Ever since you presented your Central Saint Martin’s graduate collection, your brand has been readily labeled as menswear. Yet on last year’s Fall/Winter 2021 London Fashion Week you presented your first ever womenswear collection, where we could see certain deconstructed elements such as blue knit sleeveless turtleneck sweaters with a fastening at the front that seem inspired by the cummerbund belt. What led you to create this collection?
I don’t really view the collections as men's or women's anymore. That’s really been driven by my customers because, whilst initially the collections were designed as menswear, we had so many women wearing the pieces it removed that gender boundary for me which is something I loved. The world is in a very different place now and attitudes towards the way we dress have really shifted into a much fluid space, which is so refreshing. A lot of my inspiration comes from traditional menswear, in particular the details and styles of heritage formalwear, but I always try to take it to a new place that nods to tradition but still has a modern take.
Was it a path you had envisioned before for your brand?
It’s funny to think about what I expected when I started my brand because the truth is it sort of happened without me realising. I was working really hard on it but the decision to actually make it into a business happened because I had people wanting to buy my clothes, at the beginning it was just my graduate collection which I had sewn myself and there wasn’t really the idea to make it a brand. So I guess I’ve always just sort of gone with the demand. And as long as people want it I will continue to create.
Earlier on in the interview I mentioned Fiorucci. When did the idea or the call to be the director of the brand come around and how did you feel when they offered it to you? Not to mention its style is completely different to what we see in your own brand.
I’ve been at Fiorucci for two years now, and it’s been a really amazing experience; to be part of such an iconic brand and be able to put my own stamp on it is a designers dream. The process of how it happened was quite quick really, I only had two meetings with them and in the second one the founders offered me the role on the spot and I knew I wanted to take it as soon as we had started talking. The style is so different from my own brand, but that was one of the challenges that excited me the most. Also, having access to such an incredible archive is a dream, there’s so much to work with there, and I’m constantly finding new things to inspire me.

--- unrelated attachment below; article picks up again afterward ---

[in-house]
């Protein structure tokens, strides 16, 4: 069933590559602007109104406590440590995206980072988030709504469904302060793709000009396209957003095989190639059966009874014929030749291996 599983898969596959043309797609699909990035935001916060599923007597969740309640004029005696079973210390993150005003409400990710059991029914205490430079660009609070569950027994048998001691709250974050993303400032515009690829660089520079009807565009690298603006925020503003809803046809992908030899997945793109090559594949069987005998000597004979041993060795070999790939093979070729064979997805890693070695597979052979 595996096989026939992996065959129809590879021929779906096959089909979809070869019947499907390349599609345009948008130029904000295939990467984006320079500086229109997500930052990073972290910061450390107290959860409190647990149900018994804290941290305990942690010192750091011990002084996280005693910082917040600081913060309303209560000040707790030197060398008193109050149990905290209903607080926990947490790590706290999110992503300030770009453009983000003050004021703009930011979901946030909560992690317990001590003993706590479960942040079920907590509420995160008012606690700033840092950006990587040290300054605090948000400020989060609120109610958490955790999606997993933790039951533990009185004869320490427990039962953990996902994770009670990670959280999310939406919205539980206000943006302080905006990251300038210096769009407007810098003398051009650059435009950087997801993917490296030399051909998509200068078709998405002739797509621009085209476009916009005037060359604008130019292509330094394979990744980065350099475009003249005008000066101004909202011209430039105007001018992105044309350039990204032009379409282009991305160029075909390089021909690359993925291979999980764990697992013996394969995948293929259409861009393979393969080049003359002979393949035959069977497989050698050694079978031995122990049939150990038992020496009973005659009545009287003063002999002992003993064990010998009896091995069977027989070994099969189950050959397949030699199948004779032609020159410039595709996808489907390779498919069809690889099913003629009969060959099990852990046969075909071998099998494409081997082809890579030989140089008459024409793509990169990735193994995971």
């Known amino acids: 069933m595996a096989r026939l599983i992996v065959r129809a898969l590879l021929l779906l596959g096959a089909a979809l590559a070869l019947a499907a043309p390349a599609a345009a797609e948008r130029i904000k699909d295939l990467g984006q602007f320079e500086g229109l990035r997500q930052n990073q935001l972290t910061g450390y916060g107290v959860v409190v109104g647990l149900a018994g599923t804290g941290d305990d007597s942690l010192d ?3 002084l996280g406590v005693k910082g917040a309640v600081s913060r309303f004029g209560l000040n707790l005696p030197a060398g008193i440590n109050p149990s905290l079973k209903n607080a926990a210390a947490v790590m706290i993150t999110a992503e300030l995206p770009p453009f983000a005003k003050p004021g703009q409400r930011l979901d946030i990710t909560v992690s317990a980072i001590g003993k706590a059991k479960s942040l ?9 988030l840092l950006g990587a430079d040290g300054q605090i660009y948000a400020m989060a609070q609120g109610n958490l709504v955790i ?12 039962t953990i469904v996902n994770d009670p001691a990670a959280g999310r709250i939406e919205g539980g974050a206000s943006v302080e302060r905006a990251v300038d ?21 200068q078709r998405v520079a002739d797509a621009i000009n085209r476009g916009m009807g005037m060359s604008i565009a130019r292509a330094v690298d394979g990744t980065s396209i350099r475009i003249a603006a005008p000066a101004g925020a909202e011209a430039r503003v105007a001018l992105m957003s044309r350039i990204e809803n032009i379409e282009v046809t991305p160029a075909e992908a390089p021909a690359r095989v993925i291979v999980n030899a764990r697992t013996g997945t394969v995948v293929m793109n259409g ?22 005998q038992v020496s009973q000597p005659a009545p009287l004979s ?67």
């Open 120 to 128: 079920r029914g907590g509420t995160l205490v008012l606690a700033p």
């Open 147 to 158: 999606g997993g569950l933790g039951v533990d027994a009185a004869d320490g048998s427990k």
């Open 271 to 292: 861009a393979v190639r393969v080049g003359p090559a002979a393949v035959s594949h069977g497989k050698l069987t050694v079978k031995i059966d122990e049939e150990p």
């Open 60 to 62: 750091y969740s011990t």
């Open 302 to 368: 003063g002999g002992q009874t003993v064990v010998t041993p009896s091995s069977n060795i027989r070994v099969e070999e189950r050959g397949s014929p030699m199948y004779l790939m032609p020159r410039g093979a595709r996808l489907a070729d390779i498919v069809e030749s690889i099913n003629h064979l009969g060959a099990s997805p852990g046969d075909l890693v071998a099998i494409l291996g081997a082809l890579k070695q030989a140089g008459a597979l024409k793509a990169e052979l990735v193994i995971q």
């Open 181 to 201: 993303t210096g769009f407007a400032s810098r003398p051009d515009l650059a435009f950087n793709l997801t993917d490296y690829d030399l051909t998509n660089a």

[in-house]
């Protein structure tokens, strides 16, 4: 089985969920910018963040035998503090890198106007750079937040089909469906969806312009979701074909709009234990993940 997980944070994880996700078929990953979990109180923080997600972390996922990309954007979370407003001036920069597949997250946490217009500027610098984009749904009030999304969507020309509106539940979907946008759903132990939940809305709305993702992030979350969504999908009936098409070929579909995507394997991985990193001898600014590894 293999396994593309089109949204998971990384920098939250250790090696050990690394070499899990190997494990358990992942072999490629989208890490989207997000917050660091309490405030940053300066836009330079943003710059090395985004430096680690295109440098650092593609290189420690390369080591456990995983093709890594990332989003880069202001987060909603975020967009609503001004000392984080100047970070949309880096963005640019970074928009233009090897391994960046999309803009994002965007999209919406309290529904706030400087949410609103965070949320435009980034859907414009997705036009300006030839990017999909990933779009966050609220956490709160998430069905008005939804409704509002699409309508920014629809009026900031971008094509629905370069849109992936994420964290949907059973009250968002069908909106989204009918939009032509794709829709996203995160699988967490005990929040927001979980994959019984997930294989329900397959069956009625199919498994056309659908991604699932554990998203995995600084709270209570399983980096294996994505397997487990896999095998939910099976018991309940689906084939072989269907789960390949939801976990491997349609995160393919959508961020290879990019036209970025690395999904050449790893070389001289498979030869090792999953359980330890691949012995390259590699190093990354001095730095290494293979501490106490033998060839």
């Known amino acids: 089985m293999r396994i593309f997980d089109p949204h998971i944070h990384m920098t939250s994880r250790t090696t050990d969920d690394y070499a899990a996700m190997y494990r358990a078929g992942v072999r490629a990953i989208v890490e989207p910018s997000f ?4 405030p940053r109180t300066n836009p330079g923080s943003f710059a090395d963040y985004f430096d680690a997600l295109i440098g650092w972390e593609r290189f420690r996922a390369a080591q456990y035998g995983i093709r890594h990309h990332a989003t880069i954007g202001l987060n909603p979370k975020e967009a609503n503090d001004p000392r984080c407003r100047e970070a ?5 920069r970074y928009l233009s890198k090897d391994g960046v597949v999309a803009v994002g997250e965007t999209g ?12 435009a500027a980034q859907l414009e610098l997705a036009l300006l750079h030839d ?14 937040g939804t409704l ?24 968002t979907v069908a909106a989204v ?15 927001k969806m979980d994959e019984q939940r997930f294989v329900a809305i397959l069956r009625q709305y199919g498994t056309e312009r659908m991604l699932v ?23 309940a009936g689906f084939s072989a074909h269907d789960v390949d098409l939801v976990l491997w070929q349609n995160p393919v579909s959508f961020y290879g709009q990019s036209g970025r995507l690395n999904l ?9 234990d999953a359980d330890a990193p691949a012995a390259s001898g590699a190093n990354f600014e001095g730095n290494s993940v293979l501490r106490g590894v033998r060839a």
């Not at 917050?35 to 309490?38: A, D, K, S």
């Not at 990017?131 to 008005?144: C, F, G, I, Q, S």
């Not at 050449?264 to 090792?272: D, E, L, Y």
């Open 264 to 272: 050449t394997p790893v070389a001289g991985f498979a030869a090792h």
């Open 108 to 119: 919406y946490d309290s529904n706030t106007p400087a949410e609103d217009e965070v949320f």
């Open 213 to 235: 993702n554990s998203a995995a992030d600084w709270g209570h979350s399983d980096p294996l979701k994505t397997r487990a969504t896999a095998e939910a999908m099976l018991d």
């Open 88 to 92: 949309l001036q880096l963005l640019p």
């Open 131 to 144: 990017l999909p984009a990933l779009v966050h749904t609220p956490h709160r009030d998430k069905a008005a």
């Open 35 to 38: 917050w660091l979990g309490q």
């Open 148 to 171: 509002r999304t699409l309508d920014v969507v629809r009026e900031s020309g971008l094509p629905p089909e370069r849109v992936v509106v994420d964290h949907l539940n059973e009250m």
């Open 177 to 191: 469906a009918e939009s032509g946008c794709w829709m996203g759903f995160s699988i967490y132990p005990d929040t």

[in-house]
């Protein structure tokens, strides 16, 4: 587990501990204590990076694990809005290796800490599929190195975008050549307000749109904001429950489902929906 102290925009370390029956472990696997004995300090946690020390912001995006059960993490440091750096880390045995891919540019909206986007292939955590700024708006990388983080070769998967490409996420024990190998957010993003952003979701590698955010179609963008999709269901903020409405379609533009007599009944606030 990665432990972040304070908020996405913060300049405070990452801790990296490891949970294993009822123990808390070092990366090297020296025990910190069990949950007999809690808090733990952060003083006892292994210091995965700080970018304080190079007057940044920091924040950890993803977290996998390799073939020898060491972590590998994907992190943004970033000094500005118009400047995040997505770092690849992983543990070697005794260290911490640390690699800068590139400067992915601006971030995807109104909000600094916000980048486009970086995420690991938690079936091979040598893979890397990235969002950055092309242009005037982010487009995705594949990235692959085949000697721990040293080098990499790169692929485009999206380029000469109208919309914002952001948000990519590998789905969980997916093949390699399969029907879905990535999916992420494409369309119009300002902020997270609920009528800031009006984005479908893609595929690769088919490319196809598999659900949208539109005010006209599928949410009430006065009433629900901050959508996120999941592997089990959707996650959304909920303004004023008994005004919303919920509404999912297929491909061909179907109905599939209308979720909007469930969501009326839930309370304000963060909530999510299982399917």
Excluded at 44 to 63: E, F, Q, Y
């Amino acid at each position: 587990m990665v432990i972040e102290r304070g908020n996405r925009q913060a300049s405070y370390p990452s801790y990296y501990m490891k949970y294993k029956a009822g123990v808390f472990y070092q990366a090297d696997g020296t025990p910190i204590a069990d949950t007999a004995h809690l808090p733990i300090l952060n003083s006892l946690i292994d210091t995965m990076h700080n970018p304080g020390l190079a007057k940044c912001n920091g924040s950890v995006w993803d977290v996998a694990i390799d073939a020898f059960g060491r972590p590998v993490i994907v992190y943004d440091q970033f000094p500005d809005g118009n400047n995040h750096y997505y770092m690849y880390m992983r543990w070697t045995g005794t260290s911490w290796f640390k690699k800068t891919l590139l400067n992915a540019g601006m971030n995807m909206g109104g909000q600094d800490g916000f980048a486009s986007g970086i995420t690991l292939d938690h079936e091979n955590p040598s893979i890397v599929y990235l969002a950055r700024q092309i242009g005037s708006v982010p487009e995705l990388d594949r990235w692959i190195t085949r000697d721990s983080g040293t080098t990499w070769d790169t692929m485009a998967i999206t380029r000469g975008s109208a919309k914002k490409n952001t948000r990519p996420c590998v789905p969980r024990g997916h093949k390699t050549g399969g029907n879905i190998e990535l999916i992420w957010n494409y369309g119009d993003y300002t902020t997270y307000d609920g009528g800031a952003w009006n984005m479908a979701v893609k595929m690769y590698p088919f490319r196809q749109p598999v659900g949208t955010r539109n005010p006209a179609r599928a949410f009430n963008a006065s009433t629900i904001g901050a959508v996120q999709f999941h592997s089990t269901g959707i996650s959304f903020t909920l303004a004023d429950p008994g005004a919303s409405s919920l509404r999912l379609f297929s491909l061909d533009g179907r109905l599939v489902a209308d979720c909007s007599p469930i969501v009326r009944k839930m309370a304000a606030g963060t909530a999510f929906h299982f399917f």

When looking at Fiorucci’s evolution from the past years to how it is now, the first thing that grabs my attention is its wider range and overall style shift. Are there other changes you made on the brand that may not be that visible?
When I stared the collection, it was mainly denim and jersey, and mostly focussed around the angels' logo. I was keen to expand on that and explore the other untapped parts of the archive. I’m particular bringing back some of that Italian disco-flair and spirit of New York in the 80s, which I think is more visible in the collections now. Behind the scenes, however, I’ve been making changes to make the brand more sustainable; things like making all the cotton organic, changing the carrier bags and swing tags to be recycled card, making garments from seaweed. Most recently we stopped producing vinyl jeans, I love the style of them, but it’s a really damaging material so, until we can find a way to make them in a way that is more conscious of our planet, they won’t be made. It’s important for me coming from my background of running a small label where we focus on sustainable practice to be able to implement that on a bigger scale.
On a final note, what else can we see from Daniel W. Fletcher in the future? Could you give us any spoilers about future projects?
I’m about to make my return to the runway this month (after 3 years!) which I’m really excited about. I think a collection takes on a different life when you’re designing it for a runway, so I’ve enjoyed working on this one. Then, later in the year I have a collaboration coming out which I’ve been working on for so long, and I can’t wait to share! It’s with a historical French company, and it’s something that brings together so many things which are important to me… but that’s all I can share for now!